Report on Pacaya (Guatemala) — 24 February-2 March 2021
Smithsonian / US Geological Survey Weekly Volcanic Activity Report,
24 February-2 March 2021
Managing Editor: Sally Kuhn Sennert
Please cite this report as:
Global Volcanism Program, 2021. Report on Pacaya (Guatemala). In: Sennert, S K (ed.), Weekly Volcanic Activity Report, 24 February-2 March 2021. Smithsonian Institution and US Geological Survey.
14.382°N, 90.601°W; summit elev. 2569 m
All times are local (unless otherwise noted)
INSIVUMEH and CONRED reported that during 23-25 February explosions at Pacaya’s Mackenney Crater ejected incandescent material as high as 200 m. A lava flow, originating from a vent 300 m below the summit crater, was about 1.1 km long and produced incandescent blocks from the flow front that descended 300 m. more intense pulses of activity at the summit produced dense ash plumes that drifted more than 30 km S and SW. Ashfall was noted in areas downwind including Los Pocitos, Pacaya, El Rodeo, and El Patrocinio. Explosions continued during 26-29 February, although weather conditions sometime prevented visual confirmation.
RSAM data values notably increased during the morning of 1 March, reflecting an increase in Strombolian activity. Moderate-to-strong explosions ejected ballistics as high as 500 m above the summit. Ash plumes rose 1 km above the summit and drifted W and SW, causing ashfall at least in El Patrocinio. Incandescent material was ejected 150 m high, and ash plumes drifted W; ashfall was reported in El Patrocinio. The lava flow on the SSW flank was about 700 m long. On 2 March gas and ash plumes rose 150 m and drifted 2 km S. A lava flow on the SSW flank was 150 m long.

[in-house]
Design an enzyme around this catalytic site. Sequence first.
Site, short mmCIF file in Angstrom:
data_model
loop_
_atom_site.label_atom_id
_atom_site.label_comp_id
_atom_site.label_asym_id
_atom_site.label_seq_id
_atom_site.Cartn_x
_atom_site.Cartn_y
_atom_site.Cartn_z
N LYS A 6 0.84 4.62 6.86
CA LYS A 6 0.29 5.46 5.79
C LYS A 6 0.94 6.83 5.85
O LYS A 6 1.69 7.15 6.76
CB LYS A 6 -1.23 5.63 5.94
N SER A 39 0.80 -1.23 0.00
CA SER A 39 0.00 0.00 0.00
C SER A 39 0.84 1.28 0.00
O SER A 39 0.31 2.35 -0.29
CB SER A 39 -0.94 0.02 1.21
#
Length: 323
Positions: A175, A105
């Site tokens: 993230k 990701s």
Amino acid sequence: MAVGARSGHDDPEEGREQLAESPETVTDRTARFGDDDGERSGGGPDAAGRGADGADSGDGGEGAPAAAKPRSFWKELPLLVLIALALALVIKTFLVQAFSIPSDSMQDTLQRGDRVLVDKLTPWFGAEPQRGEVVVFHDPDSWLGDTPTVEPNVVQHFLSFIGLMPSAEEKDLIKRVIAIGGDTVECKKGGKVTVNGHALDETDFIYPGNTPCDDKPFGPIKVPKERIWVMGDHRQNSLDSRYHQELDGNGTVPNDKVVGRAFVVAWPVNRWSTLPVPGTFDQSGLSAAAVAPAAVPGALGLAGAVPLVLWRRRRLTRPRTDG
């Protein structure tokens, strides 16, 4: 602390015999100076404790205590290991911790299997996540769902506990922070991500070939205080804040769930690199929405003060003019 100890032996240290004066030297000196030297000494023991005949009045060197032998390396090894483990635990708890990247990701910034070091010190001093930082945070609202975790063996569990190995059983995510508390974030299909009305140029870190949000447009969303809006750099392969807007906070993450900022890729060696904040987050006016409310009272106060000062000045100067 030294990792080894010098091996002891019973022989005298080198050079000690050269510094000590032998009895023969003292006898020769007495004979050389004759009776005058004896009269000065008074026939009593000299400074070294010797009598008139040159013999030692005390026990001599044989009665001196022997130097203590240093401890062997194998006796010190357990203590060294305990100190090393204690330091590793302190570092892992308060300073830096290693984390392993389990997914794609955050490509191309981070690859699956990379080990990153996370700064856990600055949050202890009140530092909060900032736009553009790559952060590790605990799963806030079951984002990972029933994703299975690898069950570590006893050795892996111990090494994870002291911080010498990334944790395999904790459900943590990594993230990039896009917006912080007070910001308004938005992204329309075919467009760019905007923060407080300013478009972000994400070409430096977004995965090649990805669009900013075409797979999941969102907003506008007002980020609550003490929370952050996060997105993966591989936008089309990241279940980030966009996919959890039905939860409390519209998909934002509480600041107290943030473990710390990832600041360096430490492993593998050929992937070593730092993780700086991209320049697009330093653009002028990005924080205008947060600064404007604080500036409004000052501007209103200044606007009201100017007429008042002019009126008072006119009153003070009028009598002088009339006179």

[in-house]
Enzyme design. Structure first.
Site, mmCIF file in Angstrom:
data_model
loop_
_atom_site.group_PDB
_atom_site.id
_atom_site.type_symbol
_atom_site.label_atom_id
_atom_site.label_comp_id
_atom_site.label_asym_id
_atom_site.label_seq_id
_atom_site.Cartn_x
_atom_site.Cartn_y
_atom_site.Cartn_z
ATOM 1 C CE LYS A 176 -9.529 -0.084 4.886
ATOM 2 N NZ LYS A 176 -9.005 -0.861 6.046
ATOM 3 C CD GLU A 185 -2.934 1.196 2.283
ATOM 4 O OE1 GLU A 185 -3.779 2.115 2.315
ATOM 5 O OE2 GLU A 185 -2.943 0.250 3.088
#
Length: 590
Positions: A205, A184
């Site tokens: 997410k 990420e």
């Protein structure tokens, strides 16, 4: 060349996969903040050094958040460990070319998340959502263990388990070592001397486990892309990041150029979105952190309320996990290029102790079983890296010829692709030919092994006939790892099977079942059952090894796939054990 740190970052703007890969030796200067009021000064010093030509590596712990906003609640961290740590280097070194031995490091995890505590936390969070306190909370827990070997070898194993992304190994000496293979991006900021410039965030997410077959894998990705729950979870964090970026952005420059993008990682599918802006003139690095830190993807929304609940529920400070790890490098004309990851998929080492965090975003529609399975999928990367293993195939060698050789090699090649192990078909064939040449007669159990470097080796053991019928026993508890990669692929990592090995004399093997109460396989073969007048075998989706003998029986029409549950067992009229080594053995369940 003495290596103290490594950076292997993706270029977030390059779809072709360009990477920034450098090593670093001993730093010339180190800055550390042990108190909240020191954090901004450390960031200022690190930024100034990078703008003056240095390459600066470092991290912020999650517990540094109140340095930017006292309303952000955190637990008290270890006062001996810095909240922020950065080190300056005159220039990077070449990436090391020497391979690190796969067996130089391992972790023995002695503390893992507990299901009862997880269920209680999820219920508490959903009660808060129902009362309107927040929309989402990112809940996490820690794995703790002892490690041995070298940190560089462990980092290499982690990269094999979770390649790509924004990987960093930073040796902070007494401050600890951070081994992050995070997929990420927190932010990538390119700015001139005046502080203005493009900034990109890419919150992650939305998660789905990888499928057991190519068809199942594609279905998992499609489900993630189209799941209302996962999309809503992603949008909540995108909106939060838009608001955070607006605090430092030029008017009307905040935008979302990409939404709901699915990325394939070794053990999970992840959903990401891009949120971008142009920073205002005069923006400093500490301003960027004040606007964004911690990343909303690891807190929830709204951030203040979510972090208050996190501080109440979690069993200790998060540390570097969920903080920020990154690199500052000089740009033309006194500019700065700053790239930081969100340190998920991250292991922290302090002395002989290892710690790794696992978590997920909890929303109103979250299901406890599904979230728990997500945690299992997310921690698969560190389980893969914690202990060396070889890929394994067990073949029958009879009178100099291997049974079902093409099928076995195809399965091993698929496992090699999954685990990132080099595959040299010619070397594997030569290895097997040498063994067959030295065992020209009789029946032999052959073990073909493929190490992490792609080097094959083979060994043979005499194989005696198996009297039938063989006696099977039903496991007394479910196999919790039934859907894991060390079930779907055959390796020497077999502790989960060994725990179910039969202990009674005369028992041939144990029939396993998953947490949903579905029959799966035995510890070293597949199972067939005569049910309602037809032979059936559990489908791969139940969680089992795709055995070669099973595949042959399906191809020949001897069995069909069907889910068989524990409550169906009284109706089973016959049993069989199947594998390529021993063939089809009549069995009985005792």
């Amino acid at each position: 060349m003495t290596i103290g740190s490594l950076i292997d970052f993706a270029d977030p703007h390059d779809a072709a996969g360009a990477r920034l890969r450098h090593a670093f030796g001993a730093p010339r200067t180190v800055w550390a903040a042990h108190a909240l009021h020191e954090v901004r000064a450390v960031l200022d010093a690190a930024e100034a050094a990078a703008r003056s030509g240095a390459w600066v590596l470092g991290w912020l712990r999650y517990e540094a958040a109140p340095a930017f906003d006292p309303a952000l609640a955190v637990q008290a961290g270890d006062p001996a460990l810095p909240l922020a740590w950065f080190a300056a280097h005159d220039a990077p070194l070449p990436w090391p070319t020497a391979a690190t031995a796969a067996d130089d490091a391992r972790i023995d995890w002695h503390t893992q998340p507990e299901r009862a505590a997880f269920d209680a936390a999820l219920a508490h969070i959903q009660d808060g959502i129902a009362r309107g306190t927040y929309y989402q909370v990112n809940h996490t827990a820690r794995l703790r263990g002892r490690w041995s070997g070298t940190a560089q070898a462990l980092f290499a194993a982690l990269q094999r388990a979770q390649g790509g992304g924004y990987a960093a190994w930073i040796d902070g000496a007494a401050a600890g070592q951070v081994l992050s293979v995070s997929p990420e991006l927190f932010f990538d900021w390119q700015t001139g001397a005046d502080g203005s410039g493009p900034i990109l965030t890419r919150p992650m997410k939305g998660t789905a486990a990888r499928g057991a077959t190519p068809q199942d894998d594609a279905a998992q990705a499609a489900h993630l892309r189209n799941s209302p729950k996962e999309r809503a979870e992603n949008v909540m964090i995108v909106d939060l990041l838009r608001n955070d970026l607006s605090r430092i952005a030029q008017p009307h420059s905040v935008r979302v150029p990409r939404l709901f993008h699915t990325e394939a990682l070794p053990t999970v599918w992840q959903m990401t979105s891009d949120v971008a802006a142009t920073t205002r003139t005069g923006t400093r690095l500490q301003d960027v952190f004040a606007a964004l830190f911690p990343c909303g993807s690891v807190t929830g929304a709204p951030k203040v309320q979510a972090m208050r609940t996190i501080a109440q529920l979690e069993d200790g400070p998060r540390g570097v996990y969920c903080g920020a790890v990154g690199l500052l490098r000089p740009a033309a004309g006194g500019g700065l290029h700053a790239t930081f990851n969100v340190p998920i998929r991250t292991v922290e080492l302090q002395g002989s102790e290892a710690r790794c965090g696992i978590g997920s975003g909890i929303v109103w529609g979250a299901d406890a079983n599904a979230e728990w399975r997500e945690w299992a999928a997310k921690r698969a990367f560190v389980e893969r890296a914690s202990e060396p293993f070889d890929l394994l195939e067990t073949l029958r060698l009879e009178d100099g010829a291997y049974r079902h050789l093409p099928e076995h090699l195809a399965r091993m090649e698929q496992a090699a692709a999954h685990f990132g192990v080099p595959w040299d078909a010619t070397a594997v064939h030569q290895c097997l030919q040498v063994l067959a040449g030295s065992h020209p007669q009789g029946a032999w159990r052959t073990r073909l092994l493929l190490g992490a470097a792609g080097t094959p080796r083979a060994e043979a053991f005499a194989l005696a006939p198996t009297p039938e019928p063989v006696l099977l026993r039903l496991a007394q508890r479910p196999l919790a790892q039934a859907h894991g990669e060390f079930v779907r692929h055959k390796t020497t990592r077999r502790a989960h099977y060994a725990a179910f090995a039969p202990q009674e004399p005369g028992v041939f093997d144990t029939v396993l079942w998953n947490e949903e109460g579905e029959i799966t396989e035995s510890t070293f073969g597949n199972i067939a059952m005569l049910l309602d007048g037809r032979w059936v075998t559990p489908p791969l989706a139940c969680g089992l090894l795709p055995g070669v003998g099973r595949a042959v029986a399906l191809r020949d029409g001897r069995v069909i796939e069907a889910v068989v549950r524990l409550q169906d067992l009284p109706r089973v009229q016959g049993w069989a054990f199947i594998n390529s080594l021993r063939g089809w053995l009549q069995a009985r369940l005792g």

Geological Summary. Eruptions from Pacaya, one of Guatemala's most active volcanoes, are frequently visible from Guatemala City, the nation's capital. This complex basaltic volcano was constructed just outside the southern topographic rim of the 14 x 16 km Pleistocene Amatitlán caldera. A cluster of dacitic lava domes occupies the southern caldera floor. The post-caldera Pacaya massif includes the ancestral Pacaya Viejo and Cerro Grande stratovolcanoes and the currently active Mackenney stratovolcano. Collapse of Pacaya Viejo between 600 and 1500 years ago produced a debris-avalanche deposit that extends 25 km onto the Pacific coastal plain and left an arcuate somma rim inside which the modern Pacaya volcano (Mackenney cone) grew. A subsidiary crater, Cerro Chino, was constructed on the NW somma rim and was last active in the 19th century. During the past several decades, activity has consisted of frequent strombolian eruptions with intermittent lava flow extrusion that has partially filled in the caldera moat and armored the flanks of Mackenney cone, punctuated by occasional larger explosive eruptions that partially destroy the summit of the growing young stratovolcano.